• Big Bad: Jacqueline Natla, who eventually ends up as the main antagonist and true villain behind all three initial Crystal Dynamics games.
  • Big "NO!": Shouted by Natla when Lara destroys the Scion, significantly destabilizing the entire structure of the island and causing it to self-destruct.
  • Blatant Item Placement: Played completely straight, with various types of ammunition and sterilized, up-to-date medkits both large and small conveniently lying around in ancient tombs and ruins, where no human being has set foot in a long time. Goes Up to Eleven in the final stage of the Egypt level, where you can find a pair of working Uzis that somehow ended up on the head of a sphinx, underground!.
  • Bling-Bling-BANG!: You can unlock the Silver Uzis, which have an insane rate of fire, and the Golden Shotgun, which does a One-Hit Kill on everything.
  • Block Puzzle: Appears, but not with the same frequency as the previous games.
  • Boss Battles: Several; usually, but not always, at the end of the level.
  • Boss Room: Played absolutely straight for the final boss, though generally, each boss has a large arena in which they are fought.
  • Bottomless Magazines: Played straight for the Dual Pistols; they have a limited magazine size, but can be reloaded as often as the player wants to. Averted for all other guns Lara may pick up, where ammunition can only be restocked by picking it up in the environment.
  • Bottomless Pits: Of course. Appears in each of the locations, though the last one usually has lava at the bottom.
  • Braids of Action: Lara's hairstyle throughout the entire game.
  • Bullet Time: Lara enters this during an enemy's rage attack, where she will either dodge to the sides, slide away from them or somersault over them. During this brief period, reticules will align themselves over the enemy's weak point, which Lara can then shoot.
  • Camera Screw: This will be what causes most of Lara's deaths in the game.
  • Cave Behind the Falls: Appears twice in the Lost Valley level, which is entirely based around finding cogs so you can activate a mechanism that will allow you to divert the majestic waterfall that prevents access to the cave behind it. This Trope occurs again within the same level, where Lara can get her hands on an early shotgun (she will acquire it later anyway if you miss out on this one), by finding another Cave Behind the Falls. Two more instances of this trope occur on the Lost Island, once in Natla's Mines, which hides a tunnel you need to go through to progress, and once in The Final Conflict, where, for a change of pace, an artifact is hidden behind a lava fall.
  • Checkpoint: These frequently double as a Save Point as well.
  • Circling Monologue: Natla does this during her We Can Rule Together speech to Lara.
  • Composite Character: The Larson that appears in this game is a combination of elements from the original Larson and the Cowboy.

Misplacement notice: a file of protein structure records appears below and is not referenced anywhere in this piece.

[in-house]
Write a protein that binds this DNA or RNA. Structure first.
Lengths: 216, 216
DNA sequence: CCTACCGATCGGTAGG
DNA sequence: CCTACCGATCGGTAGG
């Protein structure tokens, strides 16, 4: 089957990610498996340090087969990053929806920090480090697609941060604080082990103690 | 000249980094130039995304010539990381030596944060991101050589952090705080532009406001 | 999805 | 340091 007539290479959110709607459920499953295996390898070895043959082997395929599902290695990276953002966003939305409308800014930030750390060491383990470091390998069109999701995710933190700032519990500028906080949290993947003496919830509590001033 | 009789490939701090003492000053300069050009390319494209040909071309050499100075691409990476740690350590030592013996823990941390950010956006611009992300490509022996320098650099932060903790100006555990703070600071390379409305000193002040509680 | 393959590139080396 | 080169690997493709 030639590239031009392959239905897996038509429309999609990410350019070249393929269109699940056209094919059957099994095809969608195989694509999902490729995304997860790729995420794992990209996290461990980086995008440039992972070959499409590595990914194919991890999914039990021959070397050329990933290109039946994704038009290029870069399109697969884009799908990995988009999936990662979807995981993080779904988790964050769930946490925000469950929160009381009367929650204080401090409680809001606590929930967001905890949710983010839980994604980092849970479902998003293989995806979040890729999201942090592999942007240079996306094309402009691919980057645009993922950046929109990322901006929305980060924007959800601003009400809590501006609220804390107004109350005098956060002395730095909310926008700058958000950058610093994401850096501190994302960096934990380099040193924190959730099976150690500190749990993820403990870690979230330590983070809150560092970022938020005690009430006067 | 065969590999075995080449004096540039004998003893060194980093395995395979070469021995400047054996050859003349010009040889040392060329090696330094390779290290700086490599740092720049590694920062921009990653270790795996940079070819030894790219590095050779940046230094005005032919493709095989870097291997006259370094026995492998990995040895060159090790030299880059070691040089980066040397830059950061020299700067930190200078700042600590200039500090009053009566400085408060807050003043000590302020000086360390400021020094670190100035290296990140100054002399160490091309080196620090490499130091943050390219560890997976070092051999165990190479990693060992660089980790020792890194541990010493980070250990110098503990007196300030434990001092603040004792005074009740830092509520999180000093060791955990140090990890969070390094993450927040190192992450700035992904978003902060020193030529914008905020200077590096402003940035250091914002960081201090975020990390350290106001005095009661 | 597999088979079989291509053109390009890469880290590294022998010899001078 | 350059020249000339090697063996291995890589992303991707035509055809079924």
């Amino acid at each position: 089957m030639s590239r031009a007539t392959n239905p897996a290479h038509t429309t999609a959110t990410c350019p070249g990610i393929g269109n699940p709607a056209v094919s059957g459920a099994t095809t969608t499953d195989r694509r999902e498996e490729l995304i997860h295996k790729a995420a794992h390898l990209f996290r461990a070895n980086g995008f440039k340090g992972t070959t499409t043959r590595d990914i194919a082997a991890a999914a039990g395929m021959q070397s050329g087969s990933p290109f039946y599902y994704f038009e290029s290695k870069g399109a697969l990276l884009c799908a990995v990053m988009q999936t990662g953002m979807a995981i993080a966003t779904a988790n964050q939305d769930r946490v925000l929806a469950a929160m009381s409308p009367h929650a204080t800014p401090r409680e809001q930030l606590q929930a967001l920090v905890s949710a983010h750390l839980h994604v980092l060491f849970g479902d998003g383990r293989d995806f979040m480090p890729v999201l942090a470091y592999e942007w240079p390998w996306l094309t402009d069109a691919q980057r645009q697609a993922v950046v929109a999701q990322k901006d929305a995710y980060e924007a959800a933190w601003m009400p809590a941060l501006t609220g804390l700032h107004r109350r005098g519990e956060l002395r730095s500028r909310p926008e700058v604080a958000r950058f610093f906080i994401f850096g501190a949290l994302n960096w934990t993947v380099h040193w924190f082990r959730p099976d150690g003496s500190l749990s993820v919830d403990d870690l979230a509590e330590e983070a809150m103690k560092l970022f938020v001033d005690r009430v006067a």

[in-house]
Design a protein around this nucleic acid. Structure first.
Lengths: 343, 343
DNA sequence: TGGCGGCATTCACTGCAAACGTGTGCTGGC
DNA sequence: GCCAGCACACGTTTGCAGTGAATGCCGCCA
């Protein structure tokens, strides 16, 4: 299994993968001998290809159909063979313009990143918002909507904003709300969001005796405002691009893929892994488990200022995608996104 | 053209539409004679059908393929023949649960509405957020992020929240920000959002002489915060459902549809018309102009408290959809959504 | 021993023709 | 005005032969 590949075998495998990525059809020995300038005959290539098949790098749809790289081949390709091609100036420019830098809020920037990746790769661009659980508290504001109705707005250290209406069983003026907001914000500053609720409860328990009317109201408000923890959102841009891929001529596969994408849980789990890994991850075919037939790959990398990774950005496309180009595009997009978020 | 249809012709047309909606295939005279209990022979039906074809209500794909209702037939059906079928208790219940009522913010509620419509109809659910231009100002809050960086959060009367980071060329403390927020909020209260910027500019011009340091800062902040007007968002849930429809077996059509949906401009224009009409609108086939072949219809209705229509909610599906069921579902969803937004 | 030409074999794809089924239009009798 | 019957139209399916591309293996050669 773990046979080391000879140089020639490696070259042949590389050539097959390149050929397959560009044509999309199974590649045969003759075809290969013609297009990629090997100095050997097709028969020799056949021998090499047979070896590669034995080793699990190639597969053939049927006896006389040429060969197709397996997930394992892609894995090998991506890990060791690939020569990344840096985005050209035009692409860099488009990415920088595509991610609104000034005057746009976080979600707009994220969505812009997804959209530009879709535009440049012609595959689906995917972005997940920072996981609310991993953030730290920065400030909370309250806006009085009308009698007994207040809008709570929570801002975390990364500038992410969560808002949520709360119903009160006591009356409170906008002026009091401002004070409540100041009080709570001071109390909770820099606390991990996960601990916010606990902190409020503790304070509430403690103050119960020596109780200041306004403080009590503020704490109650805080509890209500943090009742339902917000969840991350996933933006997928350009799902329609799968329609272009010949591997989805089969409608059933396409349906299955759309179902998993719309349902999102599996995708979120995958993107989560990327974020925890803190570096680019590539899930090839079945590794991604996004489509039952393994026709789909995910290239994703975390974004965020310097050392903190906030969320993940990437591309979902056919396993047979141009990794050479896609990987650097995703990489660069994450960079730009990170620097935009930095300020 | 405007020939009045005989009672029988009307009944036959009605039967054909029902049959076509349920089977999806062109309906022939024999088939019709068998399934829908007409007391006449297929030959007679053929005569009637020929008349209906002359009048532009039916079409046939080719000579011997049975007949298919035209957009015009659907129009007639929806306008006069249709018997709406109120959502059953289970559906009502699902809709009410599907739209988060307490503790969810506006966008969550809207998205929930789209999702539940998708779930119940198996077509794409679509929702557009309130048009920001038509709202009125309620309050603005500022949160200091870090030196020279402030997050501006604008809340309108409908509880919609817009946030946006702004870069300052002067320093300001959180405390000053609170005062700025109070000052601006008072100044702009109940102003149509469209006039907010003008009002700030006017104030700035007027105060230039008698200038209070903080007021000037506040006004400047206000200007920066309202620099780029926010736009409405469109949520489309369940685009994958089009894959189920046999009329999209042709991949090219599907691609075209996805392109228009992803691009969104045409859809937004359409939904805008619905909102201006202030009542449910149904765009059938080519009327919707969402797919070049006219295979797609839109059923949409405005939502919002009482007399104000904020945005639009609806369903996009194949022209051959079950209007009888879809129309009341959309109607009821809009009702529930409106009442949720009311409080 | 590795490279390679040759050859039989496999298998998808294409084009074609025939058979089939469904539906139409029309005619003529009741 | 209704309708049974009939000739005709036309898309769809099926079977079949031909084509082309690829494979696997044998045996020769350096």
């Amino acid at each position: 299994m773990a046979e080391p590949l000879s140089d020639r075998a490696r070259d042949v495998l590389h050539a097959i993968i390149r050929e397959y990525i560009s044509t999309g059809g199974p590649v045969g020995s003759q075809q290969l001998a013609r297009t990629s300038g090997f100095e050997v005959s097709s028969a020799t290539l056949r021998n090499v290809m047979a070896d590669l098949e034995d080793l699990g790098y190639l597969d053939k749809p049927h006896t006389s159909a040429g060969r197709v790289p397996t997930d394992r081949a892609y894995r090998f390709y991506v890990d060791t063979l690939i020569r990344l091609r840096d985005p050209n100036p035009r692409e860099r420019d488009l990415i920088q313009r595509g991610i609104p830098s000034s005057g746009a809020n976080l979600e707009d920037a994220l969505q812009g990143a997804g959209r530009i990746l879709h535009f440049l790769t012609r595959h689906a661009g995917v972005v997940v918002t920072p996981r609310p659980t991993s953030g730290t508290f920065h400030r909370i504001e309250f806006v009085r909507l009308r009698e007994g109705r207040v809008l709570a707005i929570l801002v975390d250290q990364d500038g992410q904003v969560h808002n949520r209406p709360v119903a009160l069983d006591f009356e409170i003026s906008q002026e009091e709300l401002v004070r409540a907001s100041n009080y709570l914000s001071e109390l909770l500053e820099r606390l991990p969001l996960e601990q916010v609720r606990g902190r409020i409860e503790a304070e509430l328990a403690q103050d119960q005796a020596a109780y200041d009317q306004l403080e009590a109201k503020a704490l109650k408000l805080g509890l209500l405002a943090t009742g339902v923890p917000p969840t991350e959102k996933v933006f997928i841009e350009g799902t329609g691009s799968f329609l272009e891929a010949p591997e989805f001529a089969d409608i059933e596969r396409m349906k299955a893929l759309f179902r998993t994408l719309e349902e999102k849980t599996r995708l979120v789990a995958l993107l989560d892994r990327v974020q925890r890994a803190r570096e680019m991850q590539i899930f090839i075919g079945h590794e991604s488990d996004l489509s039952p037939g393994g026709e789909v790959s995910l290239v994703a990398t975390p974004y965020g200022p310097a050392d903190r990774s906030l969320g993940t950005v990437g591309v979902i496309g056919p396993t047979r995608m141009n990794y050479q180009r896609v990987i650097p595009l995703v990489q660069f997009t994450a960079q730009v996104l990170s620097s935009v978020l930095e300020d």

• Convection Schmonvection: The Lost Island's later levels play this very straight; the visuals are actually distorted by rising heat, but Lara is unaffected.
  • Cool Bike: Lara can be seen driving — and pulling off some great stunts — with one at the end of the Egypt level.
  • Cool Crown: Natla wears one as part of her Atlantean ensemble.
  • Cool Shades: Lara wears these briefly as she ascends the Peruvian mountains, though the glasses' design differs quite a bit from those of her original incarnation. She takes them off as she enters the first level, after which they aren't seen again. They can be unlocked via a Cheat Code though.
  • Crate Expectations: There are some industrial boxes and crates stacked in the early part of Natla's Mines.
  • Crouch and Prone: When Lara needs to squeeze through some small gaps.
  • Damage-Sponge Boss: Although this was played straight in the original, all the boss fights in this remake avert this. None of the bosses can be defeated purely by firing at them (technically, most of the bosses do lose health when Lara fires at them, but the damage is minimal at best) and usually require some kind of tactic involving the Adrenaline Dodge and Head Shot to defeat them.
  • Deadpan Snarker: Lara, though her snarking is relatively little when compared to the other games in the series.
  • Death Is a Slap on the Wrist: Death simply sends you back to the last checkpoint with full health and the medipacks you've picked up.
  • Did You Just Punch Out Cthulhu?: Partially played straight for the final boss ergo, Natla. While Lara does manage to defeat her, this is more thanks to her wits than mere gunpower — regular gunfire doesn't even seem to hurt Natla very much, though it did manage to destroy her wings. By temporarily incapacitating her with a well-aimed gunshot, Lara manages to grapple and bring down a pillar upon Natla's body, crushing and trapping her inside the island's crumbling structure.
  • Discontinuity Nod: Although the Crystal Dynamics games are separated from the Core Design games, and Anniversary takes liberties with the original Tomb Raider, there are nods to the Core Games. For instance, several costumes are patterned after those from previous games, and memos in Croft Manor refer to plot points from Tomb Raider II.
  • Distant Prologue: The opening cutscene is in 1945, featuring a nuclear explosion that accidentally unearths the crystal in which Natla was trapped. We then flash forward to the first meeting between Lara Croft and her soon-to-be employer, Jacqueline Natla.
  • Does Not Like Shoes: Both the Croft Manor Sport and Swimsuit outfit have Lara without footwear.
  • Doppelgänger: One of Atlantean origin that mimics Lara's every move. It is left unfazed by regular gunfire, so Lara has it mimic itself into a lava pit, permanently destroying it. Thankfully, the room in which Lara encounters it was entirely symmetrical.